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Chapter 14 : Regional Immune Response to Microbial Pathogens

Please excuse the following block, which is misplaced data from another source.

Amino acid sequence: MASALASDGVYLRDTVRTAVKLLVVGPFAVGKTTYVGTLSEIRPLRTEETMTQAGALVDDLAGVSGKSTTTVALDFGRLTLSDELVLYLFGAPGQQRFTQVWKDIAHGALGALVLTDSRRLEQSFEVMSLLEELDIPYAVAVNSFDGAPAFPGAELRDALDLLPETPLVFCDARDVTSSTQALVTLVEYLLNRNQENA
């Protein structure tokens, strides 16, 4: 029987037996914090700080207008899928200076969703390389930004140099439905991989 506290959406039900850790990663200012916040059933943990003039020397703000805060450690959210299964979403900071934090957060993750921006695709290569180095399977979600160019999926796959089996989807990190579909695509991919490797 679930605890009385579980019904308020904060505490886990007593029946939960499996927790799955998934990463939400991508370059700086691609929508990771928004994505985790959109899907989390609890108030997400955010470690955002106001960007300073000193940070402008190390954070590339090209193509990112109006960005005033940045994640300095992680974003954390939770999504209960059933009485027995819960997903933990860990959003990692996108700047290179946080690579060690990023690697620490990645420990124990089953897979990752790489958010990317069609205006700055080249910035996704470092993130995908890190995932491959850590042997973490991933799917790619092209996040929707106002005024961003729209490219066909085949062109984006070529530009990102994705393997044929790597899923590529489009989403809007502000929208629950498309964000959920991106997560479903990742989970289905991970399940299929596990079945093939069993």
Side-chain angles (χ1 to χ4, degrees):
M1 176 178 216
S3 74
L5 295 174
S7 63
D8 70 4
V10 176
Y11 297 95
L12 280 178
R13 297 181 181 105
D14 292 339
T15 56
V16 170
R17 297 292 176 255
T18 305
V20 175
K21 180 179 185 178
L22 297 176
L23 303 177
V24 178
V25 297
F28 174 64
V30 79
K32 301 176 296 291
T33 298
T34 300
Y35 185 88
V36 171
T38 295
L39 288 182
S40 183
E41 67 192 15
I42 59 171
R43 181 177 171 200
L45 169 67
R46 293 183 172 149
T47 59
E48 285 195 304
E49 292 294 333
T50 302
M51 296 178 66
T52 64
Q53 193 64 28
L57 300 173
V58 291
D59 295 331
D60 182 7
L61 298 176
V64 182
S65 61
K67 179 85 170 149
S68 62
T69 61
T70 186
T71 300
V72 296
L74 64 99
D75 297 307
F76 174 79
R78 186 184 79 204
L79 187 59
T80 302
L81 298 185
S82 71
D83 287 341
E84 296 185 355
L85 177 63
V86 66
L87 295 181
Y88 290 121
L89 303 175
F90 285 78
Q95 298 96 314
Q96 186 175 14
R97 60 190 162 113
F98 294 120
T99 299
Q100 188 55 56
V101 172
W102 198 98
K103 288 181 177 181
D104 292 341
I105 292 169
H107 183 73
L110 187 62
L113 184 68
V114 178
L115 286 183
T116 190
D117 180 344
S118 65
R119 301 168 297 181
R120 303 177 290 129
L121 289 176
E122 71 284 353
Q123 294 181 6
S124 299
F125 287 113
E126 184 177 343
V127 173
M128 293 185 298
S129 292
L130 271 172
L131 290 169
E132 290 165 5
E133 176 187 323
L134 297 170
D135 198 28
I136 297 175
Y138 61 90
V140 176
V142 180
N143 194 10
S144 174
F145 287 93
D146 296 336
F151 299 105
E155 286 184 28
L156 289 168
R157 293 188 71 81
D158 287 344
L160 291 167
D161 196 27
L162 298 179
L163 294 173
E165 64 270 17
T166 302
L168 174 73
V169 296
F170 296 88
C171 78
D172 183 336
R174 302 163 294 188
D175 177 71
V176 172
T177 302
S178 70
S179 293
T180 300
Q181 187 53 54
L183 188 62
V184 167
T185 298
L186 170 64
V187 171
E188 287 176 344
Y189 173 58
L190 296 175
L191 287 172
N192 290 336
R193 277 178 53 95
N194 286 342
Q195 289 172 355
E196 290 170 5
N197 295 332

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The distribution of organized mucos-aassociated lymphoid tissues (MALT) in mucosal tissues of the body varies among species, but there are certain consistent patterns. The sequence of events involved in processing and presentation of foreign antigens by professional antigen-presenting cells and the responses and interactions of local lymphocytes that lead to the production of effector and memory cells are likely to be similar in the mucosal and systemic branches of the immune system. Alternatively, dendritic cells (DCs) located in the epithelium over organized MALT, such as those that are abundant in the tonsils, could present antigens either in local MALT or after migration to draining lymph nodes. In addition, the class I-related molecule CD1d is expressed at the basolateral surfaces of intestinal epithelial cells and appears to function as an antigen presenting molecule by interacting with specialized populations of T cells. The possible role of antigen uptake by enterocytes in induction of immune responses or immune tolerance is discussed. The mucosal addressin MadCam-1 (mucosal addressin cell adhesion molecule 1) is preferentially expressed in human and mouse intestinal flat postcapillary venules of the lamina propria and high endothelial venules of organized MALT but not in other mucosal tissues. When microbial pathogens adhere to or invade the epithelial cells that line mucosal surfaces, the cells release proinflammatory cytokines and chemokines and upregulate chemokine receptors and adhesion molecules.